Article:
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I post what I think about books, children's and adult's, and what is going on in my life as a librarian and a storyteller.
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Jame Patterson - whew! When does that guy sleep? I bet he has electrodes attached to his brain to transcribe his dreams so when he wakes up, he has new ideas.
In July, his latest book series begins, The Homeroom Diaries.
Margaret "Cuckoo" Clarke, back from a brief sojourn in a mental hospital, tries to get all the warring factions of her high school to bury the hatchet. Really, that's all you need to know. The possibilities for mayhem that exist in that premise are infinite, indeed. Patterson's great-grandchildren will inherit this franchise when all high schools will be virtual - but the problems will be the same. Sigh. Unless "Cuckoo" is successful and real teens use her stories as a model of peaceful behavior. Hope springs!Kids Book Website Tuesday!!!1. Cops 'n' Kids
Last Wednesday, I visited the Cops'n'Kids Reading Room on the Southside Northampton Community College campus. What an inviting - and exciting - place! While I was there talking to Bev Bradley, who manages this organization, two children came in with parents and walked out with FREE their-very-own-to-keep books. Studies have shown that children who grow up with books in their homes, books that STAY in their homes, have an advantage in education. As a librarian, I worry about the unintended slight to libraries a little bit. I know and understand the deep attachment that children have for their very own books and I applaud Cops-n-Kids for making book ownership a possibility for everyone. If you live in the Lehigh Valley, visit the Reading Room on Wednesdays or Saturdays. If you live elsewhere, look at what they do to copy, or find a similar group near you.2 Slimekids
So this site just might KBWT extinct. Andy Fine, the creator of SlimeKids collects book review sites, book trailers, links to authors websites and more on this one website. Thanks, Andy. Now, what will I do on Tuesdays?
The official logo of the Kutztown University Children's Literature Conference.
My KU Addenda ( or "um", I can't remember which) is up on the Lists page. But here is the link if you need immediate gratification.
And here is the link to the list I handed out at the KU Children's Literature Conference on Saturday.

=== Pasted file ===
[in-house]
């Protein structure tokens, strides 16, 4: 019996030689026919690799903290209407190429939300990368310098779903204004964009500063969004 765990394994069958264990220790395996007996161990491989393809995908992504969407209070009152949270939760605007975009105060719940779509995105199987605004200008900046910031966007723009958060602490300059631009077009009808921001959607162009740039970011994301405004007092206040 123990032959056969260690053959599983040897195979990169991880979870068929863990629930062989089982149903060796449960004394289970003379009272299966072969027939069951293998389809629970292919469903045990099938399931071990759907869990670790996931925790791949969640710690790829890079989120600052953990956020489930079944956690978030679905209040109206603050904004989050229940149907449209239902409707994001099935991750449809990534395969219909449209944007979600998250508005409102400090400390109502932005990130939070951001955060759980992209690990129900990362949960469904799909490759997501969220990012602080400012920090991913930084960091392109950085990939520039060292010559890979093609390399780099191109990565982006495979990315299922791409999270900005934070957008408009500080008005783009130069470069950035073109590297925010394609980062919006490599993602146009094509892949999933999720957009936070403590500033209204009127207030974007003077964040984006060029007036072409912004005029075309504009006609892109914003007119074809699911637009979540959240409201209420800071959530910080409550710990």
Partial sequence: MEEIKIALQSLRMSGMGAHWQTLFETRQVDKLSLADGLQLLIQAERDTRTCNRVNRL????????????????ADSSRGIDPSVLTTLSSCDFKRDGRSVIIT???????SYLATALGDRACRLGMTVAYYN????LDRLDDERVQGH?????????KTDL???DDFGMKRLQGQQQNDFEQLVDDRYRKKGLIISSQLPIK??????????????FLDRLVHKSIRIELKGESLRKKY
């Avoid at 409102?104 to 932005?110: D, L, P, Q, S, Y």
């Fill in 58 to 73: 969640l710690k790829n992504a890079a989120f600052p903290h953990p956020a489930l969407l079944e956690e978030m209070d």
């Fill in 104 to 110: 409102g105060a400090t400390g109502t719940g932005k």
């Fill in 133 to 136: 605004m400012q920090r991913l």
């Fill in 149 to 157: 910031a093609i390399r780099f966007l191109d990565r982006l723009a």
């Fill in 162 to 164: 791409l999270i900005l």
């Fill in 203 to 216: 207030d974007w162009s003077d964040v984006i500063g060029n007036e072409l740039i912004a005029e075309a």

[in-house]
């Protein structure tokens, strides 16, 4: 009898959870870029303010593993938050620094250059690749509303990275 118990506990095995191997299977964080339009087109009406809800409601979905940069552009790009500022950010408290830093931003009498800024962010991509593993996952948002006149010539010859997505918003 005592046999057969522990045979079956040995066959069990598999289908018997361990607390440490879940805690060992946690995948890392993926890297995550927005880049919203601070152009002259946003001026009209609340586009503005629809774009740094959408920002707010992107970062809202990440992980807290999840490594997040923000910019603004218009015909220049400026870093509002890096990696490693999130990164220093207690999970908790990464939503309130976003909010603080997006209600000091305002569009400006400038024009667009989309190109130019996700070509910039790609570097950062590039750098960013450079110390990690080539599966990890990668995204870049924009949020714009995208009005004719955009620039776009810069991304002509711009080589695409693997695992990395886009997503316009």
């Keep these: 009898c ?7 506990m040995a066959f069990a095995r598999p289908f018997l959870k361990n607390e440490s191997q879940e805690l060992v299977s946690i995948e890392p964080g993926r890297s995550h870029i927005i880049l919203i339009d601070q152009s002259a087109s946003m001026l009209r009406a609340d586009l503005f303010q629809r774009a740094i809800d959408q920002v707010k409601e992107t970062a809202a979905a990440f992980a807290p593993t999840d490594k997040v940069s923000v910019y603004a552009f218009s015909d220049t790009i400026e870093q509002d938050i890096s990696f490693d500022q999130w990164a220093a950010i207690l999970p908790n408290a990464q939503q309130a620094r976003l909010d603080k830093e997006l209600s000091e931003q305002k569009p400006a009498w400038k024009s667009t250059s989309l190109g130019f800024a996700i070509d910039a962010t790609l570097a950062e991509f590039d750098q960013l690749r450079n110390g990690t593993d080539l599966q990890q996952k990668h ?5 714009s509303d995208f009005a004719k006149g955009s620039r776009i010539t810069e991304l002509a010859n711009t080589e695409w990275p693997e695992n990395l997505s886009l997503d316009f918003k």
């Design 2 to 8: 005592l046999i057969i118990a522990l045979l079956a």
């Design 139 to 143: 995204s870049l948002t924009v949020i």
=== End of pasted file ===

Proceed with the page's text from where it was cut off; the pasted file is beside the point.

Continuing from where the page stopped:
Thanks. Stay tuned for more book stuff.
The Kutztown University Children's Literature Conference occurred today and it was, as always, wonderful. Thanks so much to all the people who pull this conference together. The keynote speakers, Frank Serafini, Jim Murphy and David Wiesner, were amazing and the book reviews were, too. (She lowered her eyes, modestly.) The problem with being a book review presenter is that you can't see what the other reviewer is doing. I put out a booklist. I wonder if she does, too. My booklist is up on the Lists page but check back in a day or two to see The Titles That I Forgot!
My accordion is ready with her very own mustache and so am I.
Ready to sing (badly), play (loudly) and tell lots of fun stories. I have stories about people with mustaches and animals without mustaches. I have songs and games to play.
So bring your mustaches with you tomorrow - real or fake - to Godfrey Daniels
at 2 pm for the LAST Children's Series Storytelling event of the year.
Nuff said. Another great contest, another astonishing result! Whoo Hoo!
The Children's Book Review is 6 years old today. Check out their Happy Anniversary Win-a-Kindle Contest.
Good luck, everyone!
PS. If you win, let me know!
Reading about the shining Sinclairs and their private island reminded me of the joys of summer when you live on a large property and you have the run of the land. My cousins, my sibs and I -not RICH at all, just always together - we had the golden summers that Lockhart describes in her latest book "We Were Liars".
I was swept up in that sense of belonging, of knowing that we would always have each other. Idyllic.